So I figured I’d shoot architecture, I had no idea how long that transition would take and that I’d be moving into a world where nobody really cared about my name as a celebrity photographer and I’d have to start from scratch, a portfolio full of famous people doesn’t get you very far with architects, I needed to shoot some architecture under pressure for architects, I shot anywhere I could get into that was cool and I started offering my services to architects who are a pretty hard group to get hold of if you don’t know them.

I saw images of a project Called Lighthouse 65 by the architect Andy Ramus of AR Design, I called him and told him I wanted to reshoot it for him, he was pretty unmoved by my wish to do that but he gave me the details of the people that owned the house, they were lovely and I spent a day shooting the house and took in the images to Andy, pretty soon the house was winning awards and I have been working closely with Andy ever since, he’s been very encouraging and also more importantly very critical of my work which is just what I need.

4) When shooting, what is your typical work day?

A typical shoot day for me involves getting up pretty early, say leaving the house at 7 AM, I will have either looked at plans or reccied the space I will be shooting and I will have considered where the light will be and which elevation I want to shoot at what time of day so there will be a plan for how I will move around the space.

On arrival at the location, I do a tour of the space, generally with the architect or designer, they will point out key features and we will move around discussing the different things to either emphasise or de- emphasise about the space, we may have furniture to remove and often, interior elements will be substituted for different ones, people tend to build their collection of stuff over years and often their

personal things don’t suit the space so we choose what we will remove and diplomatically explain to the person that lives in the space that we might be moving their tartan sofa for the shots but we love it.

I will then shoot the property, I don’t run round snapping images, I compose slowly, most shots have an optimal position where everything comes together, I shoot several images with the camera on a tripod and merge them later in Photoshop, I don’t like HDR I’m more into manual blending.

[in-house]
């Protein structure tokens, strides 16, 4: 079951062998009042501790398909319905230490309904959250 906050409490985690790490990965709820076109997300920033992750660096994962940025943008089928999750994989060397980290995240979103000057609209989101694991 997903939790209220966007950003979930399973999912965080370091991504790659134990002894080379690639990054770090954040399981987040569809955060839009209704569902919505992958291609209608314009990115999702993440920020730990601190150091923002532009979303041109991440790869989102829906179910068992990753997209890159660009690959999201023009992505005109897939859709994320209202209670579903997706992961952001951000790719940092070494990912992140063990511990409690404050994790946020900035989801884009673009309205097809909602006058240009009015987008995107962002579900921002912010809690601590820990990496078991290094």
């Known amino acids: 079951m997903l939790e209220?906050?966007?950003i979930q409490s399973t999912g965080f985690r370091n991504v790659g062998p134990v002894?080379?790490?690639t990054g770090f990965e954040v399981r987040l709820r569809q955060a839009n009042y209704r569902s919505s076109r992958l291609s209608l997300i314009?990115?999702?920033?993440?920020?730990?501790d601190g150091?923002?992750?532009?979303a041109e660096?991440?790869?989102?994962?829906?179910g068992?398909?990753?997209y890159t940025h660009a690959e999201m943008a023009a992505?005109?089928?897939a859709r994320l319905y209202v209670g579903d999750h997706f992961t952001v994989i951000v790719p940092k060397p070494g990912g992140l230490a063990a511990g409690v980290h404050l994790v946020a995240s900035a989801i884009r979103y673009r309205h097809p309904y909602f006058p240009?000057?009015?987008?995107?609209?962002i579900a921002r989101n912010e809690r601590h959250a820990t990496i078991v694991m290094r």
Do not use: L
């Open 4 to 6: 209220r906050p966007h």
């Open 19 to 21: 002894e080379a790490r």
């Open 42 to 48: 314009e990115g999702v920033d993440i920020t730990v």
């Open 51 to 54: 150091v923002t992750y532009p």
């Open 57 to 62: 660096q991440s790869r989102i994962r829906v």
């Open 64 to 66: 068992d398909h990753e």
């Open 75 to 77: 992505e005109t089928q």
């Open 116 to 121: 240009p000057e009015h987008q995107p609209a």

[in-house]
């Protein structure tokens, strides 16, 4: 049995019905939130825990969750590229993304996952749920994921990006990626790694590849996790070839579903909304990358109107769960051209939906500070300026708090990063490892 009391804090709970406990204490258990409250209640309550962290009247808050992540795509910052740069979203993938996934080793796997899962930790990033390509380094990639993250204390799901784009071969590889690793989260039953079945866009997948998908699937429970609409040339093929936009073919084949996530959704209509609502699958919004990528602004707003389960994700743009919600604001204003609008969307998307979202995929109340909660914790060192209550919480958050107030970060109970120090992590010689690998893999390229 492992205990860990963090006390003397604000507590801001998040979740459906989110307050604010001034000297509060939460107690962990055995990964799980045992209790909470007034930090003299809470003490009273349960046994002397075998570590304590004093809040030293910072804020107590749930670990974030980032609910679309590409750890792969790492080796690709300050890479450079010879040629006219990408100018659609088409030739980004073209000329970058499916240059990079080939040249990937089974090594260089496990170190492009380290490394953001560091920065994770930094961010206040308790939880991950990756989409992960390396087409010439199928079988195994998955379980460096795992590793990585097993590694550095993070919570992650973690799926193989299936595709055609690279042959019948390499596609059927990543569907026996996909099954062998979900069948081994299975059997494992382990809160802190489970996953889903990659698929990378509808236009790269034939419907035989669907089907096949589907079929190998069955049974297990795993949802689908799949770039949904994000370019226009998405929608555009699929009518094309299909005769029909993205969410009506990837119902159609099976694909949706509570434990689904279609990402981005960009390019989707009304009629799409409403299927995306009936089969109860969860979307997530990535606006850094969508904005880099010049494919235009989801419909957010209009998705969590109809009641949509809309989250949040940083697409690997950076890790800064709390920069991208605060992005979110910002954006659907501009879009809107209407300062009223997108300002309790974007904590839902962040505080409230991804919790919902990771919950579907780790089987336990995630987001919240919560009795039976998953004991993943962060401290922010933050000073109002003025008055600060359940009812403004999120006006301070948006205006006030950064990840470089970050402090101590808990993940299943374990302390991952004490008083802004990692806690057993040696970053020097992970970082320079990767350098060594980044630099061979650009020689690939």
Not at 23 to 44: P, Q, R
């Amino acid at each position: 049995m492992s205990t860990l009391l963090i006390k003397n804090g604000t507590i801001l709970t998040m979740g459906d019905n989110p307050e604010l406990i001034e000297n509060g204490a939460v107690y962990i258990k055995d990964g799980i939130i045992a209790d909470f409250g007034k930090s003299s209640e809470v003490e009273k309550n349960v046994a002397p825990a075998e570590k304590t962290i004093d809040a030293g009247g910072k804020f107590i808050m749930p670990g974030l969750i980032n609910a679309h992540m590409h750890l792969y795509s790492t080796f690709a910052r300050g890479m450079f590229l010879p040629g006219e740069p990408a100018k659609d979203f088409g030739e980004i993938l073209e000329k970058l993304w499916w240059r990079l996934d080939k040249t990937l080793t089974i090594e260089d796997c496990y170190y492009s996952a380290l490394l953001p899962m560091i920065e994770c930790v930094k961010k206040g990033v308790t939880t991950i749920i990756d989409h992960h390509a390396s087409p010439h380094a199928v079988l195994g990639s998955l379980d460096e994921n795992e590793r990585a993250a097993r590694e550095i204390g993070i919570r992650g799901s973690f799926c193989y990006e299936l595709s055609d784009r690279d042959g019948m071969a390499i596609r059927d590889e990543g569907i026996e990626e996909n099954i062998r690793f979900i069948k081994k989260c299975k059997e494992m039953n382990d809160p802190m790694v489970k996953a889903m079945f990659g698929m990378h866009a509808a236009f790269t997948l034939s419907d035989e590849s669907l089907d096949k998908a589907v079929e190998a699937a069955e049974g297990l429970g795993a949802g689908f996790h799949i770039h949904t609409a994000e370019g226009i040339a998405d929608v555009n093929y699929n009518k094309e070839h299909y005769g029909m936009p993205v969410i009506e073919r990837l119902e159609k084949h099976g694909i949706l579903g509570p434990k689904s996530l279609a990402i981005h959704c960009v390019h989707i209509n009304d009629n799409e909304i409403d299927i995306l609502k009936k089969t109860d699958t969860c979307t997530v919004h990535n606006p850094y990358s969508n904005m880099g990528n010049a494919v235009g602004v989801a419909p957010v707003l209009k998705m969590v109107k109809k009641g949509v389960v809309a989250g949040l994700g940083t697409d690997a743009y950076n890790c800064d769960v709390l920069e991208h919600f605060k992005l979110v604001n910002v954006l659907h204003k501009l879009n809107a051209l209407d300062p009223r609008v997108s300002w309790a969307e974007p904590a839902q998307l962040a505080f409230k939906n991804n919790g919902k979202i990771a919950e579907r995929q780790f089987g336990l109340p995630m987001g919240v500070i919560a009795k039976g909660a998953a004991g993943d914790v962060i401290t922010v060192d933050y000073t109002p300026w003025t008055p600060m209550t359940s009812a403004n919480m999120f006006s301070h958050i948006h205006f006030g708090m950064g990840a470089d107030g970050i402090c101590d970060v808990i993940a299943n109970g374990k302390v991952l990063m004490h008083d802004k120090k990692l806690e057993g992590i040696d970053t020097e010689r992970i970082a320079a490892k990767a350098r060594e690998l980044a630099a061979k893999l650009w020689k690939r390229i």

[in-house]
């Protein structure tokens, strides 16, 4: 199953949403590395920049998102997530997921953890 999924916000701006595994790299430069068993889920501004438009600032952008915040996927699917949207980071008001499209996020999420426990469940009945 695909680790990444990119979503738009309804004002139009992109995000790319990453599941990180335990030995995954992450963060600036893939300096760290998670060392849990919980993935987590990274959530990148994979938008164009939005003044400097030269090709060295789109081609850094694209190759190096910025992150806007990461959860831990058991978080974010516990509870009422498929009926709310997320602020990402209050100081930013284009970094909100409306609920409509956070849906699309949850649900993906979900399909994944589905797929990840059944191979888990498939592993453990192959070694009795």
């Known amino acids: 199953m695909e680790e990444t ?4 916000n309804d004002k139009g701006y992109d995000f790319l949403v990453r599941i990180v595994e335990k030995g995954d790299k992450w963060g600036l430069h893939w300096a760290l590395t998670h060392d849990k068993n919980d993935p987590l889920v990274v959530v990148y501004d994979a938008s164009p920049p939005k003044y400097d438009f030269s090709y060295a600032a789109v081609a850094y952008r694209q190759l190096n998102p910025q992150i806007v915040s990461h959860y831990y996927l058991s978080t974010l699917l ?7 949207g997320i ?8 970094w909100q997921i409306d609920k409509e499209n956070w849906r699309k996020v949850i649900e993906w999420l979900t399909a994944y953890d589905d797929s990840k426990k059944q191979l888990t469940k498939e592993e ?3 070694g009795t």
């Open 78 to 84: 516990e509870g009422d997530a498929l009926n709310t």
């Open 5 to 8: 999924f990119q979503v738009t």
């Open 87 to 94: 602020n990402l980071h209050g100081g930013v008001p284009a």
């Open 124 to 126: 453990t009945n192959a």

Often we will shoot dusk shots, these are the most challenging thing I shoot but often the most rewarding, in the Summer, they can happen at 11 PM, in the winter at 4 PM, it’s worth it but they take a lot of setting up.

5) For your work, I guess you’re often the first photographer taking pictures to new projects. How do you choose what it is important to shoot?

In general, my client only gets one chance to shoot a project that they may have spent 5 years from design to planning to build, it’s a huge responsibility for me, I need to get everything they need in that one shoot, it’s a very disruptive day for the owner of the space and we need to nail it, they don’t want you coming back and doing it again a week later.

There is a lot of planning before a shoot and I am often working to a brief, a typical brief that comes in will be “and we want you to shoot this in your style, the items we would like you to emphasise are… and we want you to shoot in a way that you can remove the giant pylon in the front garden” along these lines, every Architect is different, some don’t tell you much at all and others will talk you through the space in detail.

A typical days shoot will net 15 to 20 images of the space and we are working flat out to achieve this, when I’m shooting, I am aware of what will be happening in post to each image and this is taken into consideration while I’m shooting, after a shoot is finished I will often spend as much time again working on the images, depending on the size of the project and what my client wants the images to look like.

6) How do you balance the need of the clients to your own need of expression?

That is a great question, one of the biggest differences between shooting professionally and er… not, is that my shots are being taken for a purpose, the purpose is to promote my client’s work.

If the viewer of the image is looking at my image and thinking about what a great photographer I am, they aren’t thinking about what my client wants them to be thinking about so the very thing that makes me good at what I’m doing sort of takes me out of the viewers thought process.

I want my clients to be able to open a magazine and see a consistent style of shooting that makes them see that I shot the image but I want their clients to see my image and simply think about the architecture itself, I have done a few lectures for photographers and I definitely feel that the difference between the attitude of an amateur and a professional is that the amateur wants the viewer to think about them and their techniques and what camera they have etc. and I want the viewer to think about the space in the shots and who designed it, the images I’m shooting are used to promote the architect to their clients but also to be entered into architecture competitions, there are differences to the way you shoot for those different uses, I need to make sure my shoot does both.